Good morning. Depending on where you live this morning, it’s either quite stormy, raining gently, flash flooding, or doing not much at all. Most areas should see at least some rain this morning before all is said and done. Additional rain chances will continue through Sunday before a cool front ends this active pattern for us.
The eastern portion of Harris County has seen the bulk of the heaviest rain this morning, with areas north of Channelview through Crosby seeing 3 to 6 inches of rain so far, prompting a Flash Flood Warning through 9 AM for that area.
Over 2 inches of that 5.5″ near Crosby has fallen between 5:30 and 6:30 AM. At one point they had about 3 inches in an hour there. That will do it. Heavy rain continues in that Flash Flood warned area, but hopefully the pace slows over the next hour or so.
Zooming out, heavy rain is also lifting out of Spring Branch and impacting the northwest Beltway as of 6:35 this morning. Additional heavy rain was falling in the Katy and Fulshear areas and to the north in Hempstead and across Waller County. All of this is generally lifting north while redeveloping and easing to the east.
Expect periods of rain, heavy at times through the morning. Localized flash flooding like we see in eastern Harris County this morning can’t be entirely ruled out, so just use caution if you will be out and about through the morning. Rain probably should taper to scattered showers this afternoon. Temps will be held down due to the clouds and rain today, probably no better than the low-80s.
Another round of showers and storms scattered over a fairly wide area seems likely tomorrow. If you are trying to make plans for outdoor events, it’s a bit tricky. The guidance I want to give you versus the guidance I can reasonably give you with the model data available are two very different things! Right now, it won’t be a washout it seems. So that’s good. As far as timing, my best guess is that we’ll see showers and storms developing closer to the coast in the morning, then spreading inland through the late morning and early afternoon, somewhat like what we experienced on Thursday. Not everyone sees rain, but those that do could see some fairly heavy rain for a short time. That said, this is very much subject to change, so no matter where or when your plans are tomorrow, at least have a backup option in mind if you get chased indoors by rain for an hour or two. Highs will be in the 80s after morning lows in the 70s.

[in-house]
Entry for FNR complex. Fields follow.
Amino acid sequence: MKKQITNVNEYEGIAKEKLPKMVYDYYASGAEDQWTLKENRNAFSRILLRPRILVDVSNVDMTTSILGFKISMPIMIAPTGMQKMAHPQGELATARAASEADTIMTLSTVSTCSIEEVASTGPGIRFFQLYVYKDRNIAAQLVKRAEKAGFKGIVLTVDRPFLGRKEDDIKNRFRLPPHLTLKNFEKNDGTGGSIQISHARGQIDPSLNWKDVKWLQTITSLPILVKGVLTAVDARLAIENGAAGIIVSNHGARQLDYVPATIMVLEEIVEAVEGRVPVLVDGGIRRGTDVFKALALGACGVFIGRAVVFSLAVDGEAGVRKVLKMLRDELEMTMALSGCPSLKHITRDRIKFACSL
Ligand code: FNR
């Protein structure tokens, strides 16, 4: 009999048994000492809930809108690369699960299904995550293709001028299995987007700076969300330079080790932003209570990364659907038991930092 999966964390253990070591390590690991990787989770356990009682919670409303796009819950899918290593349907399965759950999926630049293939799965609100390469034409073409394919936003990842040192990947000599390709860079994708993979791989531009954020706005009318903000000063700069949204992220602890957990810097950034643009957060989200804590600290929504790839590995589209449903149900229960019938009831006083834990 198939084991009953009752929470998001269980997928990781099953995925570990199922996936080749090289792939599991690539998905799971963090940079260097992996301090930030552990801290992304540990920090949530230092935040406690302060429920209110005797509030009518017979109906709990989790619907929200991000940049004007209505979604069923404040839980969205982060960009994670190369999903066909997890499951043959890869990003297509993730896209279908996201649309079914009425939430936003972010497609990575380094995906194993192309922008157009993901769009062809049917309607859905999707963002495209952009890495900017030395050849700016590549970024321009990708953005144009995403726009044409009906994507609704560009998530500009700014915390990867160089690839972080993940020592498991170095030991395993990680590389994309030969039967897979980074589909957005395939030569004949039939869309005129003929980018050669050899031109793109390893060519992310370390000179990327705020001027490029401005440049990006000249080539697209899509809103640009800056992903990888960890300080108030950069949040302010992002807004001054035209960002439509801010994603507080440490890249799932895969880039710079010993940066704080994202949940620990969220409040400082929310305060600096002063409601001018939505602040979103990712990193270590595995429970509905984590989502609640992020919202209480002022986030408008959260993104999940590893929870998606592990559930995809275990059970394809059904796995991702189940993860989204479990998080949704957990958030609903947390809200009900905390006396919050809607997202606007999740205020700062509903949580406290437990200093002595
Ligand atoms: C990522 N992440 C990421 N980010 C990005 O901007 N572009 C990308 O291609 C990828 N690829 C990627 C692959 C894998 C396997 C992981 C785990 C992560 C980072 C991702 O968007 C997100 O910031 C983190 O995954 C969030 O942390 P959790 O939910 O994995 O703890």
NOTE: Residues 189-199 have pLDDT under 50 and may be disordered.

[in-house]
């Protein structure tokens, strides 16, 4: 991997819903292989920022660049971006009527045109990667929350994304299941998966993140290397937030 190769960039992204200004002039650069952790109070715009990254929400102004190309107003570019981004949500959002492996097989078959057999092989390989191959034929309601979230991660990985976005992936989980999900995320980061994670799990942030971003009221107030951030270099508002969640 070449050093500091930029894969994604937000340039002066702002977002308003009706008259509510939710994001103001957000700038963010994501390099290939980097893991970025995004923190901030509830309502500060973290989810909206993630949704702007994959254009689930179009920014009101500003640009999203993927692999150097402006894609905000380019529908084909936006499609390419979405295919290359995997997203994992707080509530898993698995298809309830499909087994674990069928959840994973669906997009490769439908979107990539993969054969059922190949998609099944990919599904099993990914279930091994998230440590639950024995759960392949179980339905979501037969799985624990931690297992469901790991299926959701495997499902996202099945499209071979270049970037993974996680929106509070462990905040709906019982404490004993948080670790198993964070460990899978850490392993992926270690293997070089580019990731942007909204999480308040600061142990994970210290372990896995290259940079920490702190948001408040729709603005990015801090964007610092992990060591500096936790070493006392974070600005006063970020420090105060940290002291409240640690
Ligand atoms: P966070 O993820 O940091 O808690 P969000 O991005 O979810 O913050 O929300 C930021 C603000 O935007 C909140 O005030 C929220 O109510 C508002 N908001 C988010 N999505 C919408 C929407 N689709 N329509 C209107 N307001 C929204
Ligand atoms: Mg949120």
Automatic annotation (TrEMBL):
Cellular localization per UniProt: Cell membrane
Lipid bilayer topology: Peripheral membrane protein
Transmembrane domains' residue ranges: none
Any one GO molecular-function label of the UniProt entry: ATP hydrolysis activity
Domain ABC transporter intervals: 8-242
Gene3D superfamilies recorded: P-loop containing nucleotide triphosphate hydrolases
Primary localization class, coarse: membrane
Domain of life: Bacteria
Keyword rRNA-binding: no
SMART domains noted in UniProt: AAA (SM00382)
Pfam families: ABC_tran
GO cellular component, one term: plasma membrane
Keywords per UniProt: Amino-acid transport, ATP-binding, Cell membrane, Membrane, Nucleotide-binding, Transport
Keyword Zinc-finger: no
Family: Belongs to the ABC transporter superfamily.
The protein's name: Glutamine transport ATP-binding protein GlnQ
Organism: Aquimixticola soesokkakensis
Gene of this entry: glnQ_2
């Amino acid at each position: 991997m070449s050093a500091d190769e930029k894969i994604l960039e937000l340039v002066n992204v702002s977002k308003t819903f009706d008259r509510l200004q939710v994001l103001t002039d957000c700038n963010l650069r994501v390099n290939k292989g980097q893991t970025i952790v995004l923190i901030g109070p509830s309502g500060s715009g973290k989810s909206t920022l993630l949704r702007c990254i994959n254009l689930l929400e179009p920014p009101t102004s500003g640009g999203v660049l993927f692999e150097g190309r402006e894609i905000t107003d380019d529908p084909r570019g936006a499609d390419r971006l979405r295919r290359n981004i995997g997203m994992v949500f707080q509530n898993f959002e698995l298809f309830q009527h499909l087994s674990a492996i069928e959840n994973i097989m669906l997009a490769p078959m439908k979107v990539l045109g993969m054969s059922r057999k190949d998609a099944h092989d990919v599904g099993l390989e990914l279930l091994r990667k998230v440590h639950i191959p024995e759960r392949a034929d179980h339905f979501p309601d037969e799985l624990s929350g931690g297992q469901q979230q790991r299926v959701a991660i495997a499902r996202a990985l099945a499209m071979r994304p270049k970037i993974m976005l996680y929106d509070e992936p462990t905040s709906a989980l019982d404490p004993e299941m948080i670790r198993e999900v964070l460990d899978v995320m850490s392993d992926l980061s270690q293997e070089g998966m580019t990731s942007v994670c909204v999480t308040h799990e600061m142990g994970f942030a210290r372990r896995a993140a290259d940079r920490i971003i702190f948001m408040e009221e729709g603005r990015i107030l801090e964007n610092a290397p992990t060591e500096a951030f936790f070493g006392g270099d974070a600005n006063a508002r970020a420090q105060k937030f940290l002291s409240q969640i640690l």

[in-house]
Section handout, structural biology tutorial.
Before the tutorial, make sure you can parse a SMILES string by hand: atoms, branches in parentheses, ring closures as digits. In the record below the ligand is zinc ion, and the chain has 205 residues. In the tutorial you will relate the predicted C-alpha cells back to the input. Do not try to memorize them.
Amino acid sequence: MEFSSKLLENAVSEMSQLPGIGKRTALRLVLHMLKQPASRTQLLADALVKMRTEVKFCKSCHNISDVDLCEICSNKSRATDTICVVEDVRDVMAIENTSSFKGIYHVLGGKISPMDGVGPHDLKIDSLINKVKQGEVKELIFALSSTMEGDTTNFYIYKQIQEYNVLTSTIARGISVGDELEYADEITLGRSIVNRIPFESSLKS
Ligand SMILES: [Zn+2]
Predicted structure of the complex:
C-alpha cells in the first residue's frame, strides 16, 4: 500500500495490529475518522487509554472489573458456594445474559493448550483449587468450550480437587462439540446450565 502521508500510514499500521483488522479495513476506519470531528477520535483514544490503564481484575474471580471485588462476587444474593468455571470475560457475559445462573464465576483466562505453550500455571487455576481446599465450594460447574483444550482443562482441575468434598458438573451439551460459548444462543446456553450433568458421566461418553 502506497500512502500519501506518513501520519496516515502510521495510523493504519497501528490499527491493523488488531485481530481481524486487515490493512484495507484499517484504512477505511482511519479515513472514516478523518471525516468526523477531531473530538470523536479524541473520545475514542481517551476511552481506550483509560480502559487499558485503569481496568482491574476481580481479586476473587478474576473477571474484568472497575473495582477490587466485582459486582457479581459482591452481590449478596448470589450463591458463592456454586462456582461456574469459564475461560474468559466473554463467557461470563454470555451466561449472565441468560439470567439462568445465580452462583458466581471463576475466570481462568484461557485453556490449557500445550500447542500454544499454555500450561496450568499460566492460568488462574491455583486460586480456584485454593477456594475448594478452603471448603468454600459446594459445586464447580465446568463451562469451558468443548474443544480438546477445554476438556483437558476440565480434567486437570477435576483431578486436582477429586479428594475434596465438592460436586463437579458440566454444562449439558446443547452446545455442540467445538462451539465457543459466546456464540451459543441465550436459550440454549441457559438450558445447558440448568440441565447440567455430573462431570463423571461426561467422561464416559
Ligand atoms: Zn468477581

Sunday into Monday
Alright, the end of this active pattern looks to begin on Sunday. There should still be showers and storms around on Sunday, driven in part by the front which will be dropping southeast through the day. Ahead of the front will see the best chance of rain, and this should include the Houston area through the coast. I don’t think the coverage on Sunday will be quite as significant as we see today and will see tomorrow, but as on those days, any rain could be locally heavy. Look for 80s, possibly mid to upper-80s on Sunday.
As far as the front goes, look for it to slog through the area. It should arrive in Houston on Sunday evening, then only slowly advance to the coast, hopefully clearing it by Monday morning. And I’m intentionally calling this a “cool” front because behind it, while we will have noticeably lower humidity, the temperatures won’t be much more than slightly cooler.
Tuesday and beyond
In fact, Tuesday morning should see pleasant lows in the 60s. Daytime highs, however, will be in the mid-80s at least. The humidity will be much lower though.
This relatively nicer weather should continue most of the week, with sun-filled skies, warm days, and pleasant evenings. The overall pattern across the U.S. is one that favors very warm weather in the northern part of the country, while we see temperatures maybe only a couple degrees above average.
This pattern is important for us here in Houston because it should limit the chances of any very strong cold fronts into Texas. In fact, when I look at most model data after next week, I see minimal chance for any sort of meaningful fronts through mid-month. That could change, obviously but sitting here today, I’m not optimistic we are going to see any legitimately cool weather here anytime soon.
Hurricane Sam continues to rage in the open Atlantic, back up to a strong category 4 storm this morning, with winds of 150 mph. Sam has been really incredible to watch meteorologically, and thankfully avoiding all land masses, the best kind of hurricane.
Sam is the strongest storm this far east in the Atlantic this late in the season, according to Dr. Philip Klotzbach at Colorado State University. Behind Sam is Victor, also expected to head safely out to sea.